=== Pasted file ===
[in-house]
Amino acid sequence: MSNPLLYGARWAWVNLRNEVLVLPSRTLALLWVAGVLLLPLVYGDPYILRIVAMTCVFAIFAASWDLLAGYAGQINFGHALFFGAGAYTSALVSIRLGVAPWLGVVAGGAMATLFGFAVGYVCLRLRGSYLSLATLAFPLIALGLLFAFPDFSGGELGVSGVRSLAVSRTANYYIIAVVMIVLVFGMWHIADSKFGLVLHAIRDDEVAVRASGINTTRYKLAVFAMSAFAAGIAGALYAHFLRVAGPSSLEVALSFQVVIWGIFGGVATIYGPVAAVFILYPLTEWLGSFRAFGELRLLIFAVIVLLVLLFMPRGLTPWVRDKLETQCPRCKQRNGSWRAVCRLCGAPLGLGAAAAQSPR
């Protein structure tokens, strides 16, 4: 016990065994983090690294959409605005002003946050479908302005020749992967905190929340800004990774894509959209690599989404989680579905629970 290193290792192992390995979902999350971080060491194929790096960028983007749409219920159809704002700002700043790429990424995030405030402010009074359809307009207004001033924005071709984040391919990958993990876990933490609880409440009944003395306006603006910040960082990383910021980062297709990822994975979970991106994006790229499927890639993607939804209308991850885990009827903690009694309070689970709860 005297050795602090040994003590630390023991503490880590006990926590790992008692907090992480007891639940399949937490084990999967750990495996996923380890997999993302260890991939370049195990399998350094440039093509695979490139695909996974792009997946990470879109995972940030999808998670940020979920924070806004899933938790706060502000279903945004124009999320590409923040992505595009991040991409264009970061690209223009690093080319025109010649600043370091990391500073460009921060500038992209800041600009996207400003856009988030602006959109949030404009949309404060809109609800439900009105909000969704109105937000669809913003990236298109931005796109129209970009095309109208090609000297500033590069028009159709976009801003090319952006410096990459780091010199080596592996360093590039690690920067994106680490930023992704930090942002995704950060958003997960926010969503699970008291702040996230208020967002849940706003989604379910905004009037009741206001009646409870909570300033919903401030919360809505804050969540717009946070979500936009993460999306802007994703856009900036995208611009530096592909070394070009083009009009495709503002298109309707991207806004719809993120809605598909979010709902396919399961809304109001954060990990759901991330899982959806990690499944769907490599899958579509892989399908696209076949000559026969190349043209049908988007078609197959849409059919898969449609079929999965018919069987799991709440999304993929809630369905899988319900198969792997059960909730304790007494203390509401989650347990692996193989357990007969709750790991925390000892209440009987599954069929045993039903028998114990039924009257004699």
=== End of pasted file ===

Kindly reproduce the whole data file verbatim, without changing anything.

[in-house]
Amino acid sequence: MSNPLLYGARWAWVNLRNEVLVLPSRTLALLWVAGVLLLPLVYGDPYILRIVAMTCVFAIFAASWDLLAGYAGQINFGHALFFGAGAYTSALVSIRLGVAPWLGVVAGGAMATLFGFAVGYVCLRLRGSYLSLATLAFPLIALGLLFAFPDFSGGELGVSGVRSLAVSRTANYYIIAVVMIVLVFGMWHIADSKFGLVLHAIRDDEVAVRASGINTTRYKLAVFAMSAFAAGIAGALYAHFLRVAGPSSLEVALSFQVVIWGIFGGVATIYGPVAAVFILYPLTEWLGSFRAFGELRLLIFAVIVLLVLLFMPRGLTPWVRDKLETQCPRCKQRNGSWRAVCRLCGAPLGLGAAAAQSPR
């Protein structure tokens, strides 16, 4: 016990065994983090690294959409605005002003946050479908302005020749992967905190929340800004990774894509959209690599989404989680579905629970 290193290792192992390995979902999350971080060491194929790096960028983007749409219920159809704002700002700043790429990424995030405030402010009074359809307009207004001033924005071709984040391919990958993990876990933490609880409440009944003395306006603006910040960082990383910021980062297709990822994975979970991106994006790229499927890639993607939804209308991850885990009827903690009694309070689970709860 005297050795602090040994003590630390023991503490880590006990926590790992008692907090992480007891639940399949937490084990999967750990495996996923380890997999993302260890991939370049195990399998350094440039093509695979490139695909996974792009997946990470879109995972940030999808998670940020979920924070806004899933938790706060502000279903945004124009999320590409923040992505595009991040991409264009970061690209223009690093080319025109010649600043370091990391500073460009921060500038992209800041600009996207400003856009988030602006959109949030404009949309404060809109609800439900009105909000969704109105937000669809913003990236298109931005796109129209970009095309109208090609000297500033590069028009159709976009801003090319952006410096990459780091010199080596592996360093590039690690920067994106680490930023992704930090942002995704950060958003997960926010969503699970008291702040996230208020967002849940706003989604379910905004009037009741206001009646409870909570300033919903401030919360809505804050969540717009946070979500936009993460999306802007994703856009900036995208611009530096592909070394070009083009009009495709503002298109309707991207806004719809993120809605598909979010709902396919399961809304109001954060990990759901991330899982959806990690499944769907490599899958579509892989399908696209076949000559026969190349043209049908988007078609197959849409059919898969449609079929999965018919069987799991709440999304993929809630369905899988319900198969792997059960909730304790007494203390509401989650347990692996193989357990007969709750790991925390000892209440009987599954069929045993039903028998114990039924009257004699």